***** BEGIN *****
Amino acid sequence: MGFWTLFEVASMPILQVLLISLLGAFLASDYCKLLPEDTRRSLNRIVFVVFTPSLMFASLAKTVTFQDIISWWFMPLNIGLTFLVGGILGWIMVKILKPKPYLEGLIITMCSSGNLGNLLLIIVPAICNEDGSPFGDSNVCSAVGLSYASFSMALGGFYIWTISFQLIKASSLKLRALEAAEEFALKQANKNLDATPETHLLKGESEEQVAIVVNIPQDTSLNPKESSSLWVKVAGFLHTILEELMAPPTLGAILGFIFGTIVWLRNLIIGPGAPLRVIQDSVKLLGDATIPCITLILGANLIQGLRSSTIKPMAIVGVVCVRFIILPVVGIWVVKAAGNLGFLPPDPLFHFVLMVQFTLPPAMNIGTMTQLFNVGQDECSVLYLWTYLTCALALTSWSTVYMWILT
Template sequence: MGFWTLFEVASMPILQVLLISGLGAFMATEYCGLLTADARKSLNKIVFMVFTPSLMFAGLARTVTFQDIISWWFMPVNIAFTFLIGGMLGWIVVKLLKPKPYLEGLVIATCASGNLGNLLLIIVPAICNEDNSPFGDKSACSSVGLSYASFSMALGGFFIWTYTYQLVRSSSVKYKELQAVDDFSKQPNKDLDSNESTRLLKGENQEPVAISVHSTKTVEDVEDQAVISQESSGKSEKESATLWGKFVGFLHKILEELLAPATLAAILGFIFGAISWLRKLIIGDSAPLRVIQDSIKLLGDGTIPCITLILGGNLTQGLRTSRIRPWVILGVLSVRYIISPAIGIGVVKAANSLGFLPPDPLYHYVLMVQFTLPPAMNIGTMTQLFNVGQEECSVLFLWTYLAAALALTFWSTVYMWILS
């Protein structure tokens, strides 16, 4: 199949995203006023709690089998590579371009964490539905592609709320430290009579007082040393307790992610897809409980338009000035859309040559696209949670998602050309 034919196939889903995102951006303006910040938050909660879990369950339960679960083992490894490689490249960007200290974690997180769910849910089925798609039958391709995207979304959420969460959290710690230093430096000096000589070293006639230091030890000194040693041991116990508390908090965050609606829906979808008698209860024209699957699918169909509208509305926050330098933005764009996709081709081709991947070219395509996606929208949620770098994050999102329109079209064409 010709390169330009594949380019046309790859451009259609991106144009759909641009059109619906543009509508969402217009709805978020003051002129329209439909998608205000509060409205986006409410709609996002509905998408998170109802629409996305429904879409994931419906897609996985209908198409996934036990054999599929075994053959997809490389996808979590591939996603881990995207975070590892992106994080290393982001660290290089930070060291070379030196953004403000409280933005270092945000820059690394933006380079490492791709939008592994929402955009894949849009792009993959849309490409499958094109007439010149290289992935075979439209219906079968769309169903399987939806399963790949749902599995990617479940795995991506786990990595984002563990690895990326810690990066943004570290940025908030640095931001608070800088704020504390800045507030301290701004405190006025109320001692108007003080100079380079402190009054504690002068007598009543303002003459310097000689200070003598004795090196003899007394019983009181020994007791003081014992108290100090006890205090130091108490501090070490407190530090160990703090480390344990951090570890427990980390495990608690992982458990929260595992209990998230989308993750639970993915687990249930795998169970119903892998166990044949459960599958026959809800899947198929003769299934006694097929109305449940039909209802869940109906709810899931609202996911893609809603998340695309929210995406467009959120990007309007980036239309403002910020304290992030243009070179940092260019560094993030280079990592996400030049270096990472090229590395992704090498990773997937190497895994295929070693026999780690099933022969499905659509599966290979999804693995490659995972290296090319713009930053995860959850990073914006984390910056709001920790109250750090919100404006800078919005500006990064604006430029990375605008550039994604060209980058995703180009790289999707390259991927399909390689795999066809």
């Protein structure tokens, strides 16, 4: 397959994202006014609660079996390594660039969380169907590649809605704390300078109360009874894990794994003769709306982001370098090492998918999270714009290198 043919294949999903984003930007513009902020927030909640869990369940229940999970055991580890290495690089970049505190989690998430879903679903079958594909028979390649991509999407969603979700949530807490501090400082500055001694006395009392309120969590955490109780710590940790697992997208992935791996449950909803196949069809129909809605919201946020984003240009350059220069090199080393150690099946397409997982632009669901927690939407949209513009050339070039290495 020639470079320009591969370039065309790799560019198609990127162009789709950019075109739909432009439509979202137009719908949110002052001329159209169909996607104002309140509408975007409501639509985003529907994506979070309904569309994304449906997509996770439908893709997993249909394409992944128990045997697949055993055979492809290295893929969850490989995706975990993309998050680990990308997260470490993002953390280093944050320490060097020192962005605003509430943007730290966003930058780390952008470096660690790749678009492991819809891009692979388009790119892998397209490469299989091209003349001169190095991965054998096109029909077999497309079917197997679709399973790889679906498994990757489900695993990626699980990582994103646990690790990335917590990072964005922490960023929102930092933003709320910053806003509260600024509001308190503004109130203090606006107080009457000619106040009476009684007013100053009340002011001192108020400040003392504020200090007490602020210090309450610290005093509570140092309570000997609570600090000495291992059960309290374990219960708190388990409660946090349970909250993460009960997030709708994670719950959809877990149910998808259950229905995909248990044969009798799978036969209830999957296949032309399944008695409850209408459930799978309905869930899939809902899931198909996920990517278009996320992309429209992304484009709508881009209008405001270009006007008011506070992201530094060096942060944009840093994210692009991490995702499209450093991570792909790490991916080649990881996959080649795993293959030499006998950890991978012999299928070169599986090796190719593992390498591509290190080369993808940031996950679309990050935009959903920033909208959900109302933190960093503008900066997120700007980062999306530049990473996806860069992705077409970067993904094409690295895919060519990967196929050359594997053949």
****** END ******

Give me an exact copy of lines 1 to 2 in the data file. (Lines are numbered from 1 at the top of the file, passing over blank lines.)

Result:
Amino acid sequence: MGFWTLFEVASMPILQVLLISLLGAFLASDYCKLLPEDTRRSLNRIVFVVFTPSLMFASLAKTVTFQDIISWWFMPLNIGLTFLVGGILGWIMVKILKPKPYLEGLIITMCSSGNLGNLLLIIVPAICNEDGSPFGDSNVCSAVGLSYASFSMALGGFYIWTISFQLIKASSLKLRALEAAEEFALKQANKNLDATPETHLLKGESEEQVAIVVNIPQDTSLNPKESSSLWVKVAGFLHTILEELMAPPTLGAILGFIFGTIVWLRNLIIGPGAPLRVIQDSVKLLGDATIPCITLILGANLIQGLRSSTIKPMAIVGVVCVRFIILPVVGIWVVKAAGNLGFLPPDPLFHFVLMVQFTLPPAMNIGTMTQLFNVGQDECSVLYLWTYLTCALALTSWSTVYMWILT
Template sequence: MGFWTLFEVASMPILQVLLISGLGAFMATEYCGLLTADARKSLNKIVFMVFTPSLMFAGLARTVTFQDIISWWFMPVNIAFTFLIGGMLGWIVVKLLKPKPYLEGLVIATCASGNLGNLLLIIVPAICNEDNSPFGDKSACSSVGLSYASFSMALGGFFIWTYTYQLVRSSSVKYKELQAVDDFSKQPNKDLDSNESTRLLKGENQEPVAISVHSTKTVEDVEDQAVISQESSGKSEKESATLWGKFVGFLHKILEELLAPATLAAILGFIFGAISWLRKLIIGDSAPLRVIQDSIKLLGDGTIPCITLILGGNLTQGLRTSRIRPWVILGVLSVRYIISPAIGIGVVKAANSLGFLPPDPLYHYVLMVQFTLPPAMNIGTMTQLFNVGQEECSVLFLWTYLAAALALTFWSTVYMWILS